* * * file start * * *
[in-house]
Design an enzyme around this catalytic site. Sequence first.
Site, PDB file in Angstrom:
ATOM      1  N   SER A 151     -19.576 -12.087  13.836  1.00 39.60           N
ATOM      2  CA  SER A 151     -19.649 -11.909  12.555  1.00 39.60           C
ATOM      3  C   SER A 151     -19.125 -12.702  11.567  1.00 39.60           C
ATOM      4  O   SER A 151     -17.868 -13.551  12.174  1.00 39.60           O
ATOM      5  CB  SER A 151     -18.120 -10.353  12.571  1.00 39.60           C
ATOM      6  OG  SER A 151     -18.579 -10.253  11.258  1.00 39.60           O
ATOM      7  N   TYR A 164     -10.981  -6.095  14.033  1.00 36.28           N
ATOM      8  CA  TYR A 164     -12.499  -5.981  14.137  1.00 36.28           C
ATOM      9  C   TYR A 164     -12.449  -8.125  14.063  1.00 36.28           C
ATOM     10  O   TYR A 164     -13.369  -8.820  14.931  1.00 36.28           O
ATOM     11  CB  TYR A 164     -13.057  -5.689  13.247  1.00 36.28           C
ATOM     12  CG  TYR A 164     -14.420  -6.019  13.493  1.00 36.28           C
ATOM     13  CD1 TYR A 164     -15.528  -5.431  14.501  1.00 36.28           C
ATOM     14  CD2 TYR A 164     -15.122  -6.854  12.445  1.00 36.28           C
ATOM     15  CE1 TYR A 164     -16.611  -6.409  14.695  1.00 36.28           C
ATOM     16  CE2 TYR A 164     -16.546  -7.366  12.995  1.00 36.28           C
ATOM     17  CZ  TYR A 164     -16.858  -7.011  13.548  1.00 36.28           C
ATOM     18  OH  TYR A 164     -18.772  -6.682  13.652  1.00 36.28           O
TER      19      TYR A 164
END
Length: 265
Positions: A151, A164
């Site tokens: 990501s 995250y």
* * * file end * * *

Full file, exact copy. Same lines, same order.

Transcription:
[in-house]
Design an enzyme around this catalytic site. Sequence first.
Site, PDB file in Angstrom:
ATOM      1  N   SER A 151     -19.576 -12.087  13.836  1.00 39.60           N
ATOM      2  CA  SER A 151     -19.649 -11.909  12.555  1.00 39.60           C
ATOM      3  C   SER A 151     -19.125 -12.702  11.567  1.00 39.60           C
ATOM      4  O   SER A 151     -17.868 -13.551  12.174  1.00 39.60           O
ATOM      5  CB  SER A 151     -18.120 -10.353  12.571  1.00 39.60           C
ATOM      6  OG  SER A 151     -18.579 -10.253  11.258  1.00 39.60           O
ATOM      7  N   TYR A 164     -10.981  -6.095  14.033  1.00 36.28           N
ATOM      8  CA  TYR A 164     -12.499  -5.981  14.137  1.00 36.28           C
ATOM      9  C   TYR A 164     -12.449  -8.125  14.063  1.00 36.28           C
ATOM     10  O   TYR A 164     -13.369  -8.820  14.931  1.00 36.28           O
ATOM     11  CB  TYR A 164     -13.057  -5.689  13.247  1.00 36.28           C
ATOM     12  CG  TYR A 164     -14.420  -6.019  13.493  1.00 36.28           C
ATOM     13  CD1 TYR A 164     -15.528  -5.431  14.501  1.00 36.28           C
ATOM     14  CD2 TYR A 164     -15.122  -6.854  12.445  1.00 36.28           C
ATOM     15  CE1 TYR A 164     -16.611  -6.409  14.695  1.00 36.28           C
ATOM     16  CE2 TYR A 164     -16.546  -7.366  12.995  1.00 36.28           C
ATOM     17  CZ  TYR A 164     -16.858  -7.011  13.548  1.00 36.28           C
ATOM     18  OH  TYR A 164     -18.772  -6.682  13.652  1.00 36.28           O
TER      19      TYR A 164
END
Length: 265
Positions: A151, A164
């Site tokens: 990501s 995250y």